the usage of good in sentence "for a good 5 minutes"

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Encolpius

Senior Member
Hungarian
Good morning ladies & gentlemen, I have been wondering which languages can use the word good in sentences like: She has been there for a good five minutes. Can you translate that sentence into other language using the word good? Thank you for your help & have a productive day. Enco.

Hungarian = Már öt prece ott van. (jó - good)
Czech = Je tam už dobrých pět minut. (dobrých - good)
 
  • AndrasBP

    Senior Member
    Hungarian
    Lithuanian also uses 'good' in this way:

    Gerus du metus nesilankiau Lietuvoje. = I didn't visit Lithuania for a good two years.
    Jis miegojo geras tris valandas. = He slept for a good three hours.
     
    Not in Greek, we use the adjective «ολόκληρος, -ρη, -ρο» [ɔˈlɔ.kli.ɾɔs] (masc.), [ɔˈlɔ.kli.ɾi] (fem.), [ɔˈlɔ.kli.ɾɔ] (neut.) --> whole, intact, complete, entire, instead; eɡ «κοιμήθηκα τρεις ολόκληρες ώρες!» [ciˈmi.θi.ka tris ɔˈlɔ.kli.ɾes ˈɔ.ɾes] --> I slept (for) three entire hours! (ολόκληρες is nom. pl. because ώρες, the noun it modifies, is nom. pl. too).

    -MoGr adj. «ολόκληρος, -ρη, -ρο» < Classical adj. «ὁλόκληρος, -ος, -ον» hŏlóklērŏs (masc. and fem.), hŏlóklērŏn (neut.) --> complete, entire, perfect, intact < compound = adj. «ὅλος» hólŏs + masc. noun «κλῆρος» klêrŏs
     

    marco_2

    Senior Member
    Polish
    In Polish it is possible to say e.g. dobrych parę godzin (literally: good several hours), but more common is ładnych parę godzin (pretty several hours).
     

    Awwal12

    Senior Member
    Russian
    In Polish it is possible to say e.g. dobrych parę godzin (literally: good several hours), but more common is ładnych parę godzin (pretty several hours).
    Russian uses "добрых пару часов" (dóbrykh páru chasóv, lit. "good couple of hours") too, although the main meaning of "добр(ый)" has actually shifted to "kind", and it still means "good" mostly just in set expressions like this one.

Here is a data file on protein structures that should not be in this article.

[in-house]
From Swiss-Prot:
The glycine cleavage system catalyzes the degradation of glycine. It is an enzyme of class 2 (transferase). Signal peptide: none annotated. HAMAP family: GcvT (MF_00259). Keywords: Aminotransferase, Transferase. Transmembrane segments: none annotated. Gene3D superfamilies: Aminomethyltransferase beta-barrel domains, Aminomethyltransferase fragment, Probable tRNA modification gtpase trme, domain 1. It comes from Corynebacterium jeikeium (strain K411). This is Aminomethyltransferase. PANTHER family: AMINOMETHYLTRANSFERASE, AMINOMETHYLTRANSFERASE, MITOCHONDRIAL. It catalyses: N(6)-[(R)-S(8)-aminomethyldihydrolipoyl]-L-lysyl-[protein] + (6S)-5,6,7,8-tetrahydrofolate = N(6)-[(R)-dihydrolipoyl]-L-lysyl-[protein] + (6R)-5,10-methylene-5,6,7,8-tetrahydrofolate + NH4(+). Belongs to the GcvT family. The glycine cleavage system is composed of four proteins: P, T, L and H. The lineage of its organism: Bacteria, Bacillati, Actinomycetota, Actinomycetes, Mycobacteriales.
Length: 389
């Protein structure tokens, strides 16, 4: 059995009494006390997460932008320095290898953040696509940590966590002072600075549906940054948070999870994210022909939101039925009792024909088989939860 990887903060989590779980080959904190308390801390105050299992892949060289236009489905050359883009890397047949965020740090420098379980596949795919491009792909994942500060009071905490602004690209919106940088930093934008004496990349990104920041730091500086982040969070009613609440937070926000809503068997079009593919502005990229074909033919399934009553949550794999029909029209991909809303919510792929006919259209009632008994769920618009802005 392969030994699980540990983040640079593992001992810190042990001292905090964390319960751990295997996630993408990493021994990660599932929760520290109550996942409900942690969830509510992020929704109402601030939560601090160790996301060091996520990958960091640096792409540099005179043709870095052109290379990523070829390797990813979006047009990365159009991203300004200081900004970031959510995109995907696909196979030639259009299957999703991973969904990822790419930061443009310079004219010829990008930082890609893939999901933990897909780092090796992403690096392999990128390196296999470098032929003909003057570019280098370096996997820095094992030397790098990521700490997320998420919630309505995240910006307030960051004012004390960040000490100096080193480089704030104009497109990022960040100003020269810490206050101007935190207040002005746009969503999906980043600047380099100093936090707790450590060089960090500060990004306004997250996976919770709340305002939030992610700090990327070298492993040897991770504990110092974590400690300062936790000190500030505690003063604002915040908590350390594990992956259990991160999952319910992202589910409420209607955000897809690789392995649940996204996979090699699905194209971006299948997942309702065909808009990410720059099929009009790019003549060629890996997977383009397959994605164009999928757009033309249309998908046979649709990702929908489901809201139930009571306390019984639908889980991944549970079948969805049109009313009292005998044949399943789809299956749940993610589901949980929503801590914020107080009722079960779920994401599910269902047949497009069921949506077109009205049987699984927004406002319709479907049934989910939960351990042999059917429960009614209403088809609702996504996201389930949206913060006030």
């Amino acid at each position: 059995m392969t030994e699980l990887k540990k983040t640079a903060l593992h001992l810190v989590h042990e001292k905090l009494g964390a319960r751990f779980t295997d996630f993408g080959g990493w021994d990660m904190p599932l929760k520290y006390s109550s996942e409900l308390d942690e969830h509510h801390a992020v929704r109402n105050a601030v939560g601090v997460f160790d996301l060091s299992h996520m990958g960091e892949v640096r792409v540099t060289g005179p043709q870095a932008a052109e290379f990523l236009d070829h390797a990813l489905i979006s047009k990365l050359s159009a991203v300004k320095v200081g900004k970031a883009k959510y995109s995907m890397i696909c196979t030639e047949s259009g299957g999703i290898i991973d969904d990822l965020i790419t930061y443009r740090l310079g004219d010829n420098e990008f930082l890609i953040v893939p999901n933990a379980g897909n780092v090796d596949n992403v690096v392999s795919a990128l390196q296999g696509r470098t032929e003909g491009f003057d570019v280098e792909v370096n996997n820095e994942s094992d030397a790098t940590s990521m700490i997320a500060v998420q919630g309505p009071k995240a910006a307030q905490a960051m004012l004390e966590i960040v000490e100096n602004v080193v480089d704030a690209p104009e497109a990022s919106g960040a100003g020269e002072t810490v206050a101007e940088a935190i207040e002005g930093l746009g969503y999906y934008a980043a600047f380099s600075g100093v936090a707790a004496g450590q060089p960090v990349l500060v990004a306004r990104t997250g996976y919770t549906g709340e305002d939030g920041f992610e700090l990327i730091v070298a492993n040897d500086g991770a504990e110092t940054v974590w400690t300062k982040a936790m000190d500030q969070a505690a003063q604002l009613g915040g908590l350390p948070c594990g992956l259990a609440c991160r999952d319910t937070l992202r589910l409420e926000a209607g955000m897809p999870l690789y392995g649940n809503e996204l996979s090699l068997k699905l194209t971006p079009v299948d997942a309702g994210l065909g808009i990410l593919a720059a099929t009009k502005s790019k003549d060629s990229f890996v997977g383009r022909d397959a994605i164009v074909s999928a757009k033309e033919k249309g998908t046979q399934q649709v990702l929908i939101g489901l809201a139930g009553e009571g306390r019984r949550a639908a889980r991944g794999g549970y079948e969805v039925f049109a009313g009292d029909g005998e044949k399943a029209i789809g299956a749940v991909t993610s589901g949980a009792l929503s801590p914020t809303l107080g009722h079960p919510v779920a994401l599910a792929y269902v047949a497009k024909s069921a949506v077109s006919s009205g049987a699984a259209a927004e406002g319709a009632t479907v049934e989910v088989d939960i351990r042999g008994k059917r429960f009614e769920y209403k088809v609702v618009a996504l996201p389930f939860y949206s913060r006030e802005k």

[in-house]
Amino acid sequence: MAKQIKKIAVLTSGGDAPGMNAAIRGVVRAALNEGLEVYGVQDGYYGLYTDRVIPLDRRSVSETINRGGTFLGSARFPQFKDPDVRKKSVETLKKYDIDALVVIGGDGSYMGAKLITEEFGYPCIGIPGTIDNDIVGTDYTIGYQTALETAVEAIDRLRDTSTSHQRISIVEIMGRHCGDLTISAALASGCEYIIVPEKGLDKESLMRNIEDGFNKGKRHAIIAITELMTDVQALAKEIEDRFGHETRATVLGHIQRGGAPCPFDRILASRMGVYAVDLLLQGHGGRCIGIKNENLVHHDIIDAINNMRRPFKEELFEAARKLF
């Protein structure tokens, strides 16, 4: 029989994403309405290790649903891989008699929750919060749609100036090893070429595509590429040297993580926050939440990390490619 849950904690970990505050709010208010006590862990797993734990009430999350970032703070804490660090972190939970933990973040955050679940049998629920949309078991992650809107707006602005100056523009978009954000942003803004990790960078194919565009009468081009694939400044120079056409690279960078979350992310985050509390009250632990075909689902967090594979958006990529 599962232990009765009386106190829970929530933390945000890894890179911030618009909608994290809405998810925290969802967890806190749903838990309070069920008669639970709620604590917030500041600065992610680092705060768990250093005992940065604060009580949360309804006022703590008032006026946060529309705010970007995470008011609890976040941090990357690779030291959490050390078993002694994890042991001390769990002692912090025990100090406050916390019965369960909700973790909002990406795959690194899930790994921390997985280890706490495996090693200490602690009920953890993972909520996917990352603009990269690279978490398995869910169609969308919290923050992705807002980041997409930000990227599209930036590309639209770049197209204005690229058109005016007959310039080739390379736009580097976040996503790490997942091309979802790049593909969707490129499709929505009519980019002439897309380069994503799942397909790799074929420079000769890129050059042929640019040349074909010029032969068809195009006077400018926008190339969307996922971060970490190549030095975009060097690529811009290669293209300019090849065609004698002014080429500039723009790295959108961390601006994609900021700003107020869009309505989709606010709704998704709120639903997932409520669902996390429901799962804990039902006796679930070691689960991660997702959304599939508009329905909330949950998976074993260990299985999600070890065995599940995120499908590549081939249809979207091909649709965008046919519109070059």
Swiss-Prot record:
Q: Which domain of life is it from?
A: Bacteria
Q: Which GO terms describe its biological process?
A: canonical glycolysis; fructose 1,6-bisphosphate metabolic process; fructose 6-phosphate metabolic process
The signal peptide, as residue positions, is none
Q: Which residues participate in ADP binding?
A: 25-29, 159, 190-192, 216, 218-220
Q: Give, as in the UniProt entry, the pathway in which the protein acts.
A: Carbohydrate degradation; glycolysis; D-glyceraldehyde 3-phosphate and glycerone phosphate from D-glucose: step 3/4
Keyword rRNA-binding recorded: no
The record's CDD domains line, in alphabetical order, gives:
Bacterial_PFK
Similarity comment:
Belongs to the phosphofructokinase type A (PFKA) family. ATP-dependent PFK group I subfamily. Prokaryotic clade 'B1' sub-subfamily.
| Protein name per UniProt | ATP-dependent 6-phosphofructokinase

AndrasBP

    Senior Member
    Hungarian
    Unsurprisingly, the structure is possible in Latvian, too:

    labus divus mēnešus (plur. acc. masc.)= for a good two months
    labas trīs stundas (plur. acc. fem.)= for a good three hours
     

    Welsh_Sion

    Senior Member
    Welsh - Northern
    I don't think in Cymraeg/Welsh you can use da ('good') by itself here - you'd have to modify it with an adverb.

    Using your initial sentence,

    She has been there for a good five minutes
    Mae hi wedi bod yna am bum munud reit [< Eng.'right']/go dda
    Is she after being there for five minute right/fairly SOFT MUTATION good

    Note, that in more standard (and traditional Welsh, the Perfect Tense is not used with for/since constructions with time. Rather, like French, and probably many other languages (but NOT English), we use the Present Tense:

    Mae hi yna am bum munud reit/go dda
     

    Red Arrow

    Senior Member
    Dutch - Belgium
    In Finnish it's täydet viisi minuuttia literally "full five minutes".
    Also in Dutch: "voor de volle vijf minuten".

    There is a difference in meaning.

    a good five minutes = at least five minutes, perhaps a bit more
    the full five minutes = five minutes, ugh, so long
     
    Last edited:

    Terio

    Senior Member
    Français (Québec)
    French also uses the equivalent : bon (masc.) / bonne (fém.), but the construction is a bit different :

    Elle est là depuis cinq bonnes minutes, litterally : «She has been there for five good minutes». (The construction Elle est là depuis un bon cinq minutes is considered an anglicism.)

    Un bon mois : A good month.

    Une bonne heure : A good hour.
     
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